The Economic Commission for Latin America and the Caribbean (ECLAC) and the United Nations Children’s Fund Regional Office for Latin America and the Caribbean (UNICEF-TACRO) have a new guide to encourage improvements in child poverty.
‘It is very important to have reliable and regular measurements of child poverty in order to design and implement public policies to overcome it,’ said Alicia Barcena, ECLAC executive secretary.
‘We hope that the guide will be of use to national statistics offices in the countries of the region, academic institutions, specialists and members of civil society interested in monitoring the situation of child poverty and helping to promote policies which ensure that the rights set forth in the Convention on the Rights of the Child are respected,’ she added.
It explains in detail the changes made to the methodology for measuring child poverty developed in 2003 by UNICEF, the University of Bristol and the London School of Economics.
ECLAC and UNICEF-TACRO considered it necessary to adapt this methodology, known as ‘Bristol Indicators’ for a direct, multidimensional measurement of child poverty with a human rights approach in the countries of Latin America and to complement these results with the measurement of absolute poverty according to household income where the children and adolescents live.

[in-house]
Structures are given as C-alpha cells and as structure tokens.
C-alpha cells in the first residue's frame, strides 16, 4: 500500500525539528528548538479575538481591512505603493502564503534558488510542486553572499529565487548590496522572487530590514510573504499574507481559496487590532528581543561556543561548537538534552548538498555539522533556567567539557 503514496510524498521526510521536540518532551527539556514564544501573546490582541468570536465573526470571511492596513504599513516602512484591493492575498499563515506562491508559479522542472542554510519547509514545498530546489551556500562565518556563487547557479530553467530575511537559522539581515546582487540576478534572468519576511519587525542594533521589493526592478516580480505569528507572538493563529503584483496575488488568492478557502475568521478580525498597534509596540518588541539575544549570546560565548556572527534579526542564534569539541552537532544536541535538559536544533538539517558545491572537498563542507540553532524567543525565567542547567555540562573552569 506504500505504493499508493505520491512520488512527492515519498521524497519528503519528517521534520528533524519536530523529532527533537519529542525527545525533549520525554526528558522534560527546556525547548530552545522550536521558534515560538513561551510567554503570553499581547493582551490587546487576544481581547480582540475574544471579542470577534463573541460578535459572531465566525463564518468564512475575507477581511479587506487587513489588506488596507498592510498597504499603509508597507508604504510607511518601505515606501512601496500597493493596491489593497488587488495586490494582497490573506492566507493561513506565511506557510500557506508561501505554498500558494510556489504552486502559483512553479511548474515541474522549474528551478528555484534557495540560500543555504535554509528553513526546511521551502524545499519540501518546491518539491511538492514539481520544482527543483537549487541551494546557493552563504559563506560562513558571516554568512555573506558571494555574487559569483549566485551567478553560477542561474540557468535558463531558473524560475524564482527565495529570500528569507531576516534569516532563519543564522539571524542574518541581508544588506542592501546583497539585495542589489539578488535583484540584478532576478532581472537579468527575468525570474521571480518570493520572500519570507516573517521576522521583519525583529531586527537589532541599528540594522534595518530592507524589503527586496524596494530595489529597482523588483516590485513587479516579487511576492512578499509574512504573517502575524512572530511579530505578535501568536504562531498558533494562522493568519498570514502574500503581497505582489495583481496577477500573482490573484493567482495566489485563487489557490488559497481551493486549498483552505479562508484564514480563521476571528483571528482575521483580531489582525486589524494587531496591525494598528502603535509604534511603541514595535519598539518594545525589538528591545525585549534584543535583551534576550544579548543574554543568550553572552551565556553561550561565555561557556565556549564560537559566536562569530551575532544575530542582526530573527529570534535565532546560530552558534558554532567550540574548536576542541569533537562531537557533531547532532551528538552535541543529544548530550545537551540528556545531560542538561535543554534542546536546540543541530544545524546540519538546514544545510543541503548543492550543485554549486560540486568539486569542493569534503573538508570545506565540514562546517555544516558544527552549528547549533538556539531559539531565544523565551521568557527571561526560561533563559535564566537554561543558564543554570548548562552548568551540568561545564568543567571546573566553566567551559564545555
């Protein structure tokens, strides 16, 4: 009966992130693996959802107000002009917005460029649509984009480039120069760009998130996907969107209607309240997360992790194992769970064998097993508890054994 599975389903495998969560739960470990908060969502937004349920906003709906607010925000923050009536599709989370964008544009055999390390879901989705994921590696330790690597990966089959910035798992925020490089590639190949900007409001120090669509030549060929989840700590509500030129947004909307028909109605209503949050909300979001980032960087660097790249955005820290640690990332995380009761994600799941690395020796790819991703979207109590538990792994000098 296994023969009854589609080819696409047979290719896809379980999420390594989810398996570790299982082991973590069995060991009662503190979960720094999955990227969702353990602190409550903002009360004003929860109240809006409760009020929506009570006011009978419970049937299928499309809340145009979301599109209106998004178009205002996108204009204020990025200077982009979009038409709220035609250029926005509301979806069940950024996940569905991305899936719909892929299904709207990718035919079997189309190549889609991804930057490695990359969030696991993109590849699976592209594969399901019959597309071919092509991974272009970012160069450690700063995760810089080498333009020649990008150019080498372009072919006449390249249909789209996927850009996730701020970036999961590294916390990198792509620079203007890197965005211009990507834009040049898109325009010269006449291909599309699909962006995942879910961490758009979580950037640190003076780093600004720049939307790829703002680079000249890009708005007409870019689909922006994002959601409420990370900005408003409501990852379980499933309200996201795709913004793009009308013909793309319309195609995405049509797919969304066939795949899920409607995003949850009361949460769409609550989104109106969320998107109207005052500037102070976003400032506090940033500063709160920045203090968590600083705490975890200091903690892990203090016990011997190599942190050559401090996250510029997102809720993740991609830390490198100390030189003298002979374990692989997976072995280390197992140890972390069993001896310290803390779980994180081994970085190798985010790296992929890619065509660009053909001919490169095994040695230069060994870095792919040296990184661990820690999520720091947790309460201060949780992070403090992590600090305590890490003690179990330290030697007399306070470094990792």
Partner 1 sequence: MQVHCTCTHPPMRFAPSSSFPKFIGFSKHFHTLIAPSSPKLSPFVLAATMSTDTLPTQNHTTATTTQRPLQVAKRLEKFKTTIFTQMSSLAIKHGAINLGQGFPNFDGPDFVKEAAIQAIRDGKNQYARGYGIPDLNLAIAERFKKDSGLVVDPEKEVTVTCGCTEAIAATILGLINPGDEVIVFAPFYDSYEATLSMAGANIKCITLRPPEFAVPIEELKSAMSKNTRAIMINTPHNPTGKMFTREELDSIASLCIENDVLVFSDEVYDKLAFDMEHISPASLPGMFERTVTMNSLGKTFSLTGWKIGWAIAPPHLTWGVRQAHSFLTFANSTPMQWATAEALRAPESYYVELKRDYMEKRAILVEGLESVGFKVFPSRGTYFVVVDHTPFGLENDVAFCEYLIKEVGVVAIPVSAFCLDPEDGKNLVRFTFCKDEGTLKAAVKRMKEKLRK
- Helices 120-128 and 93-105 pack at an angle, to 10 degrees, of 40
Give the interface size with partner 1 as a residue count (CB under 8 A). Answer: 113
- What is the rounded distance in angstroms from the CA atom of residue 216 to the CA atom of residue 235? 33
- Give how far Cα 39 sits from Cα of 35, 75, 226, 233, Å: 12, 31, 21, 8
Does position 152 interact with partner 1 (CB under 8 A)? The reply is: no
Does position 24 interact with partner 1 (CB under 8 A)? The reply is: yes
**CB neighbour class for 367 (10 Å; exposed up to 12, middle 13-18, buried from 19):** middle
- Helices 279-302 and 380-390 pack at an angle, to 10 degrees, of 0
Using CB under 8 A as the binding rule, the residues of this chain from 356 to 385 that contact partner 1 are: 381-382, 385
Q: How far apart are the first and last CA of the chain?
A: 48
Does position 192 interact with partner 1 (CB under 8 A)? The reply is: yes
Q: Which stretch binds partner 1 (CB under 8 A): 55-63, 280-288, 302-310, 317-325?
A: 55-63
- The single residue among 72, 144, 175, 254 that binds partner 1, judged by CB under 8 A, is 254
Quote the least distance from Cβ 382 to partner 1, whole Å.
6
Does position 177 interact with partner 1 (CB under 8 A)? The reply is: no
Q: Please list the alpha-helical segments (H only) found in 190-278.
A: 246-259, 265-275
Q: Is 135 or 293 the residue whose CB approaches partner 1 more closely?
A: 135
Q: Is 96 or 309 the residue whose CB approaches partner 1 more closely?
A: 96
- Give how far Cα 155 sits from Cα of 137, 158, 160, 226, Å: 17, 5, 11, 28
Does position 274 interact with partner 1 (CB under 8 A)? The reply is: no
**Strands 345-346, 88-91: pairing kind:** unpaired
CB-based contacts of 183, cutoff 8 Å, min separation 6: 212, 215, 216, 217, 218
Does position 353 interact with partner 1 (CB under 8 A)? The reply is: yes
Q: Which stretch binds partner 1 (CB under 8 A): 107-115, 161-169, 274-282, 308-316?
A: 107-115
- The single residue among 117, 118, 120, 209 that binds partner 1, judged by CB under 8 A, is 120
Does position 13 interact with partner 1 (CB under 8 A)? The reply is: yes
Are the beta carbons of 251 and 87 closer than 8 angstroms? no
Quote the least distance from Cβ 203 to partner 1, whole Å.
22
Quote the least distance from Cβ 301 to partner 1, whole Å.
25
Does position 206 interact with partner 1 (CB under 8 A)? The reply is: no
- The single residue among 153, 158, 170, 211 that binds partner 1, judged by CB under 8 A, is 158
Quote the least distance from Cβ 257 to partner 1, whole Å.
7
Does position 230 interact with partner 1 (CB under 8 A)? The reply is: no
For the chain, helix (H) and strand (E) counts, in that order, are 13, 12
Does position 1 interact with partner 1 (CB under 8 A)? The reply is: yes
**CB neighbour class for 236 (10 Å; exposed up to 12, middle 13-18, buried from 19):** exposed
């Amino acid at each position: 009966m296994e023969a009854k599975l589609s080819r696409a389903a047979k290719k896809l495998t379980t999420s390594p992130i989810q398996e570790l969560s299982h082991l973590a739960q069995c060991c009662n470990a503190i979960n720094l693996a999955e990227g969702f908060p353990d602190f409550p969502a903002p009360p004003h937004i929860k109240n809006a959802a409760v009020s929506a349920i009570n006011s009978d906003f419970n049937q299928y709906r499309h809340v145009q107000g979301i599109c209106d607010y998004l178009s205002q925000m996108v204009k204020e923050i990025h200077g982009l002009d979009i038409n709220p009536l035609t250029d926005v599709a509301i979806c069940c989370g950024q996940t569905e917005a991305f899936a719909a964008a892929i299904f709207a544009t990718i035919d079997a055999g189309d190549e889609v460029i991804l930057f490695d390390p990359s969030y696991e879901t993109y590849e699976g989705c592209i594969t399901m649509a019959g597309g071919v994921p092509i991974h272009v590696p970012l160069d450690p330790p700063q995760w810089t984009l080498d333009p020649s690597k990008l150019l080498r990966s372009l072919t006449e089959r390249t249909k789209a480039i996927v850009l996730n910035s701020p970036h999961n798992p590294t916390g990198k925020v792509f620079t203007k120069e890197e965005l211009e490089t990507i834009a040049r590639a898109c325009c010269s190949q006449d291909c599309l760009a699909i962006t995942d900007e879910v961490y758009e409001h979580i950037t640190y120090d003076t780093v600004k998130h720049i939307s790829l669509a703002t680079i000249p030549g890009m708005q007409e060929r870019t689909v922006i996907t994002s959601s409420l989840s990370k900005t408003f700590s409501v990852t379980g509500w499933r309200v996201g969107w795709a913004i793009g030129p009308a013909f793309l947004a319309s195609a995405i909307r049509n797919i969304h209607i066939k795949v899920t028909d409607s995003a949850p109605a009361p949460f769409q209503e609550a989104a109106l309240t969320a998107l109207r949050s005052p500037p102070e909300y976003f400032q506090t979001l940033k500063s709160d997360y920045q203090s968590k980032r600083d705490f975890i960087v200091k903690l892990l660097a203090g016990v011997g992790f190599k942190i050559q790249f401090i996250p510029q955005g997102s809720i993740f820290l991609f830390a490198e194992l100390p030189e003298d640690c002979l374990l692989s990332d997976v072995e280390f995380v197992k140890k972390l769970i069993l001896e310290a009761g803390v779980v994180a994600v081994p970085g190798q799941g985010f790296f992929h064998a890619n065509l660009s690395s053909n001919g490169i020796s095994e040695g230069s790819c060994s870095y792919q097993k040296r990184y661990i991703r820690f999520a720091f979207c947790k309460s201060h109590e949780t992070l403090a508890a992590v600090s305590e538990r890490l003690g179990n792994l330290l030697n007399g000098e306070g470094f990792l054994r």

The guide, which can be used individually or as supporting material for courses and face to face workshops, is implemented through different modules. They teach how to measure child poverty according to different deprivations, calculate indices, analyse disparities, carry out simulations and present information by territories with maps generated by a free computer programme.
The material includes exercises and real and fictitious examples, training videos and a complete bibliography which can be accessed in full online.
This multimedia resource, which will be distributed to statistics offices in the region and organizations responsible for child policies, seeks to make governments, academic institutions, non-governmental organizations and experts aware of the importance of measuring child poverty with the information sources available in the countries of Latin America.
According to a study produced by ECLAC and UNICEF in 2010 almost 45% of the population under the age of 18 years is living in poverty in the region. This report states that almost 81 million children and adolescents in Latin America and the Caribbean suffer deprivations because they are unable to exercise some of their rights.